Here are some videos shot with the LEICINA SPECIAL on Vimeo.

My Super8 8mm Experiment – 8mm motion picture film format

8mm film is a motion picture film standard developed by Kodak in 1932 to create a cheap “home movie” format. Its most famous filmed sequence undoubtedly being the Zapruder film, capturing the assassination of John F. Kennedy in Dallas, Texas on November 22, 1963. Super8 was released in 1965 and quickly adopted by amateur film-makers providing better image quality and picture size. With its innovative cartridge-loading system it became an easy to use system and inspired millions of people around the world.

“The 8mm Revolution” – SUPER 8 Movie Featurette from Cinelicious on Vimeo.

Not only was Super8 a popular film format during the 1960ies and 1970ies, it is still thriving today. Many people still like to shoot with “low cost“ Super8 equipment and then transfer the footage into a digital format for additional editing. Although the cost of the film material and its development increased over the past years, it’s still a good alternative to other motion picture film formats, despite providing a rather small image format.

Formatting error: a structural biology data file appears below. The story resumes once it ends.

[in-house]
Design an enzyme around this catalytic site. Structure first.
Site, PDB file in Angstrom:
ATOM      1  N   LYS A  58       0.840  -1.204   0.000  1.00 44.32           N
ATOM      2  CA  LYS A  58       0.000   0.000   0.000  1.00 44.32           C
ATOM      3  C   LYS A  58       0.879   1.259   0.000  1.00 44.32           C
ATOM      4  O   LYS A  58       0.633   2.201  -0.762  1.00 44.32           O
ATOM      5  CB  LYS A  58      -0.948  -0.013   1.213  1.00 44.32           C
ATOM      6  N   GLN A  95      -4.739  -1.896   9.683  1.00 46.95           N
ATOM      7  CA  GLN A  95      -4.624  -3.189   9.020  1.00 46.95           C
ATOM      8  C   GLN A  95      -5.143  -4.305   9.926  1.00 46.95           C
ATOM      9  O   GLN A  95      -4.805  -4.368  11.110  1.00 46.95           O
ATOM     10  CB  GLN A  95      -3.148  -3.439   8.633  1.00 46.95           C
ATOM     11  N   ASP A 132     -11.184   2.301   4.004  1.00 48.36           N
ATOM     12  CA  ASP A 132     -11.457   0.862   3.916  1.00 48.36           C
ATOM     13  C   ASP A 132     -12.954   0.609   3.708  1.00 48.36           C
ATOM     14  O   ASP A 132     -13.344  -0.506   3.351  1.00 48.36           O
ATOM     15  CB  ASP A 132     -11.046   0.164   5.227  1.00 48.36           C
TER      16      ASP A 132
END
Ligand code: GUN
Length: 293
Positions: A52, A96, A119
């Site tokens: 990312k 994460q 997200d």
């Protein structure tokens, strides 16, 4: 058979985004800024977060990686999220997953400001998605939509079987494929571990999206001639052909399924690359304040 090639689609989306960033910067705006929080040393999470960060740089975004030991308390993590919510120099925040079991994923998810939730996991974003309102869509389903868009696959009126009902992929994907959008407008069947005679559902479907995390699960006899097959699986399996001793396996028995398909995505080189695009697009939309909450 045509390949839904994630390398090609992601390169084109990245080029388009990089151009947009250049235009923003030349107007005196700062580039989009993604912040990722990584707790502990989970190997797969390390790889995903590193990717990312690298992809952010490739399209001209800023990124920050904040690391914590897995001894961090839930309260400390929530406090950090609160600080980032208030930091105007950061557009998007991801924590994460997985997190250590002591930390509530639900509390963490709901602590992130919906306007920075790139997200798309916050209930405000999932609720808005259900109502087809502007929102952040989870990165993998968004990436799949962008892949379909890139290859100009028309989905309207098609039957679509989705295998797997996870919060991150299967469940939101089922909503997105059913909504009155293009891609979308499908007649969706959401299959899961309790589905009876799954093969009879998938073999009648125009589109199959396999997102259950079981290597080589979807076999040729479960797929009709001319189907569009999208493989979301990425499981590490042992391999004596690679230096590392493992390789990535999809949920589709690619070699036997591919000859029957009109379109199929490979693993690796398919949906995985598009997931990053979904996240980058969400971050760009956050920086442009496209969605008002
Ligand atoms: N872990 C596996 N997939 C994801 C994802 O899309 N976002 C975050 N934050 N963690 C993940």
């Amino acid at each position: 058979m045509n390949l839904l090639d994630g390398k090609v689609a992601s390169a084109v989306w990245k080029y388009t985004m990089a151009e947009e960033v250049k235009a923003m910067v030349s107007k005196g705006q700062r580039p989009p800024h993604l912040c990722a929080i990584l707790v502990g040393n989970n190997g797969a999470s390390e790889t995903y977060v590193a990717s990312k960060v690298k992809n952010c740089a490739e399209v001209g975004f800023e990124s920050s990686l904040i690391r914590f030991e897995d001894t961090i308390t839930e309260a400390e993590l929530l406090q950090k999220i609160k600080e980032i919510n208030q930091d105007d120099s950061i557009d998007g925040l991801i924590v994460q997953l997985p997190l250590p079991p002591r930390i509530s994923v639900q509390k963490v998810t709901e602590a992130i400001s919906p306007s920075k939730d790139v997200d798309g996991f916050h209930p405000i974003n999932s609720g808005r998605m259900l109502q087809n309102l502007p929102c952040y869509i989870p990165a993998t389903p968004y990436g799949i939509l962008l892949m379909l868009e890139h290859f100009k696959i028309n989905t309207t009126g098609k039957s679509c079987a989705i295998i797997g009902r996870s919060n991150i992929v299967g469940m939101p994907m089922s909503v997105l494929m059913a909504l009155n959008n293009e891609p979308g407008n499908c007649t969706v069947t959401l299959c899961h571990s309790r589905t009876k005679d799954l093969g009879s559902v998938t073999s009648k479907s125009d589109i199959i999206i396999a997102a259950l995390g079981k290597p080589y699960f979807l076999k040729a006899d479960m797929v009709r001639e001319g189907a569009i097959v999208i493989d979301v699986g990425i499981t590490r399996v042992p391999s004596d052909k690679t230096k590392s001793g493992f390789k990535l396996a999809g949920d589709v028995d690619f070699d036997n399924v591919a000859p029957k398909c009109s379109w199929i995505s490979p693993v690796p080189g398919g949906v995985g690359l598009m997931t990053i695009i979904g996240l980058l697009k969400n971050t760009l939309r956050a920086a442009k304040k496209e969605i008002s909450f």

California Vintage Super 8 Wedding from Living Cinema on Vimeo.

So, maybe I will give this a try.

Kodak 8mm cartridges

My Super8 8mm Experiment – LEICINA SPECIAL

Last time I visited my parents, I took the LEICINA SPECIAL with me. It’s a Super8 8mm film camera produced by Ernst Leitz GmbH in Germany between 1972 and 1977. Ernst Leitz GmbH is the former corporation of Leica Camera AG.


The LEICINA SPECIAL records on 8mm film cartridges up to 50ft in length at frame rates of 9,18 25 and 54 as well single frame with automatic exposure (Leicinamatic) with manual focus and macro ability.

It comes with a Optivaron f1.8/6-66mm lense. There also was a Macro Cinegon f1.8/10mm lense at the time, but I don’t have it. Particularly interesting for my taste is the lense mount of the LEICINA SPECIAL. It’s a M-bayonet mount, making it compatible to all Leica M lenses available. I also have adapters to use Nikon and Leica R lenses.

Regarding accessories, I have the ST-1 Electronic Controller, featuring a remote controller, intervalometer, sequence timer, sound synch tone generator and a connector for tape recorders. In addition there are a variety of Cokin filters with a filter mount for optical effects at my disposal.




I will get some 8mm film cartridges and try it out. First mechanical tests keep me optimistic, since everything seems to work just fine.